As we accomplish different lessons, like fire starting, they would then get their own piece of equipment to keep in their go-bag. (Of course, it would be understood that the go-bag isn’t for playing, and that it has to be kept somewhere safe, but they could take it out and practice skills with supervision.

I certainly would guard against scaring the children with doomsday scenarios (I remember how frequently I dreamed of nuclear annihilation as a child), but I would present it more as something fun, challenging, useful for camping, etc.

Anyway, so if anyone has any great ideas, websites or experiences to share, I’d appreciate it. I’ll update on this project as we get started (It seems like we should wait until it warms up some. I’d think practicing in the cold would be more intermediate level, and beginners might be afforded the luxury of not fighting the elements as well as their own ignorance.)

Tentpoles

A few years ago my husband introduced me to the idea of having “tentpoles” for a vacation, big events, outings and activities that sort of define the entire period of time. ¬†Myself, I am fine with spending every day at the beach building sandcastles, but I generally defer to his wisdom, and (almost) never regret it.

For some reason I never got a visual on that word. ¬†Yesterday I finally did. ¬†The tentpoles are the things that hold up the big canvas for the circus that is life, so it doesn’t fall on your head and suffocate you. ¬†Which is how I feel when my life starts to overwhelm me.

At those times, I feel a horrible panic, a gasping for air, a sense that the world is crashing down.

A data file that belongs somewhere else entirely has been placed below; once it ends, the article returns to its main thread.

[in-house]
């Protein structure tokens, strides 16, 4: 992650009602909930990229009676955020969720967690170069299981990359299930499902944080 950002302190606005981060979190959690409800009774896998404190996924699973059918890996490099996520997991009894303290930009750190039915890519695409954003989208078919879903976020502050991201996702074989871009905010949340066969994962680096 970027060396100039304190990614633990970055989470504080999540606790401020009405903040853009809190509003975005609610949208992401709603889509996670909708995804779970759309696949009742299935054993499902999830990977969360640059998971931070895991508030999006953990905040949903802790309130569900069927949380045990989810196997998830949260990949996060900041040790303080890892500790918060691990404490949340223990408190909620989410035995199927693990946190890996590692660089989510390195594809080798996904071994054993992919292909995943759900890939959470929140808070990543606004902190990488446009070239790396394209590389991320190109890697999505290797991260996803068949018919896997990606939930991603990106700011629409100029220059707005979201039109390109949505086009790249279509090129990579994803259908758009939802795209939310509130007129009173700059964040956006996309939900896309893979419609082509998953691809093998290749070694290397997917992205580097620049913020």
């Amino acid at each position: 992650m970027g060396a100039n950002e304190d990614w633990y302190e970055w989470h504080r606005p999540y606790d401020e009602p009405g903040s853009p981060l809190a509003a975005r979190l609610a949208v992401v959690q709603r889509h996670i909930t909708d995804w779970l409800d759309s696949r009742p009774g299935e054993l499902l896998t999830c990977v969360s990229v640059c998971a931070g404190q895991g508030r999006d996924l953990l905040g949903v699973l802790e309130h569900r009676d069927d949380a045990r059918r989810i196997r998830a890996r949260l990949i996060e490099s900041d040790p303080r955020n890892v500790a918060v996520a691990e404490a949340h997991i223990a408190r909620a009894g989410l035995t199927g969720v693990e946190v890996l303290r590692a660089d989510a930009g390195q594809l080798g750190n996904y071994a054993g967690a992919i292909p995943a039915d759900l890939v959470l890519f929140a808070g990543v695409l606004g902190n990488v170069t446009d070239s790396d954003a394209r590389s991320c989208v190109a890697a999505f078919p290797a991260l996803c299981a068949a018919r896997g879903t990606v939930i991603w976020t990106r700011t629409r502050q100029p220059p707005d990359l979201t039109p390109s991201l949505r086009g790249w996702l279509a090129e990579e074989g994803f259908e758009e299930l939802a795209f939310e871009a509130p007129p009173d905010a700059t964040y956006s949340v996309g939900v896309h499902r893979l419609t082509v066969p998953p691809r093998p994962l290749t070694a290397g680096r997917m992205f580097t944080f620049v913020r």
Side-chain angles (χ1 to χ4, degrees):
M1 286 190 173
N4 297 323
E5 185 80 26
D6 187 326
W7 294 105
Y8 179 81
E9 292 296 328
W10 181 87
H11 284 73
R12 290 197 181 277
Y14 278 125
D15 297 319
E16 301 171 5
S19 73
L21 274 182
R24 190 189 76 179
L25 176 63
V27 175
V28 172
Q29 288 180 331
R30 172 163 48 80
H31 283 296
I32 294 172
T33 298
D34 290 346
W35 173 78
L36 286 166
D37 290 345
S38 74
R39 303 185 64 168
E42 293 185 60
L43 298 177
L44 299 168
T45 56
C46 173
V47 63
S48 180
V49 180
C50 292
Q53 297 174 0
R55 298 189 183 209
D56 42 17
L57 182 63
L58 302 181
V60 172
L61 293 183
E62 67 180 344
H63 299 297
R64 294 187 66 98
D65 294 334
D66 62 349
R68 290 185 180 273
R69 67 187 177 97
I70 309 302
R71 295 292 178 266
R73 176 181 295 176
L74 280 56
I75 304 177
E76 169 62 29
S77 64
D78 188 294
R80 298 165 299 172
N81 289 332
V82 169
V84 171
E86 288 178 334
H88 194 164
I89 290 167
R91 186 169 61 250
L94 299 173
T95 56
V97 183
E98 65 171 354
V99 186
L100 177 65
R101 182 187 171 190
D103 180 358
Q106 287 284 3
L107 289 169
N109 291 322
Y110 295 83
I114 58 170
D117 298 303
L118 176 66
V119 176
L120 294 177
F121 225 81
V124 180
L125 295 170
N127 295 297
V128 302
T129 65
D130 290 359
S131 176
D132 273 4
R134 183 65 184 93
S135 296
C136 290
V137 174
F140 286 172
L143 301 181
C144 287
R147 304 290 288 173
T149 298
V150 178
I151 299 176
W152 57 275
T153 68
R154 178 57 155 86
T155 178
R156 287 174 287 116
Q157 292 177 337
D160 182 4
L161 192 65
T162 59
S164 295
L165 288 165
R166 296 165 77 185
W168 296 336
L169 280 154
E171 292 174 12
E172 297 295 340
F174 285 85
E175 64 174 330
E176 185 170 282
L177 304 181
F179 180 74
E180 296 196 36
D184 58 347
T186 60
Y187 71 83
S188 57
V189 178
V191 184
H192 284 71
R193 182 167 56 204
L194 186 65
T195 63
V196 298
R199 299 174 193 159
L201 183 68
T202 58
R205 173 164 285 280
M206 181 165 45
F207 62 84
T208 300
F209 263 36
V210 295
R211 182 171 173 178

Yesterday it occurred to me that I need tentpoles in my daily and weekly life.  I need to acknowledge that the elements of my routine are holding up the rest of my life, and allow them to reassure me and give me space.

I made a couple of lists, which is my favorite way to organize. (Of course there are lots more things I do every day and every week, but these are the ones so far that make me feel like I’m gettin’ ‘er done…)

Daily Tentpoles:

  • Tea/coffee and read something inspiring with my husband
  • Morning and evening sun salutation (yoga)
  • Storytime with the kids
  • Evening show or movie with the family
  • Yardwork

Weekly Tentpoles:

  • Tuesday – Coffee/Brekkie with friends
  • Thursday – Playgroup
  • Saturday – Farmer’s Market, then library
  • Sunday – Phone call to Mama

I want to add blogging to my daily tentpoles. ¬†I’ve got some ideas on how to add content even if I’m not terribly inspired that day, such as doing a Top Five post, a blast from the past journal entry, sharing a blog link, an anecdote, tripping on a good quote or meditating on some engaging topic.

Do you have tentpoles that hold up your day or week? ¬†Are they things that weigh heavily on you if you don’t do them or are they things that lighten you if you do get them done? ¬†How often do they change?

What Kind of Neighbor Are You?

I was raised to keep to myself, and I’ve been searching ever since to find some kind of community in which I could participate and feel a sense of belonging.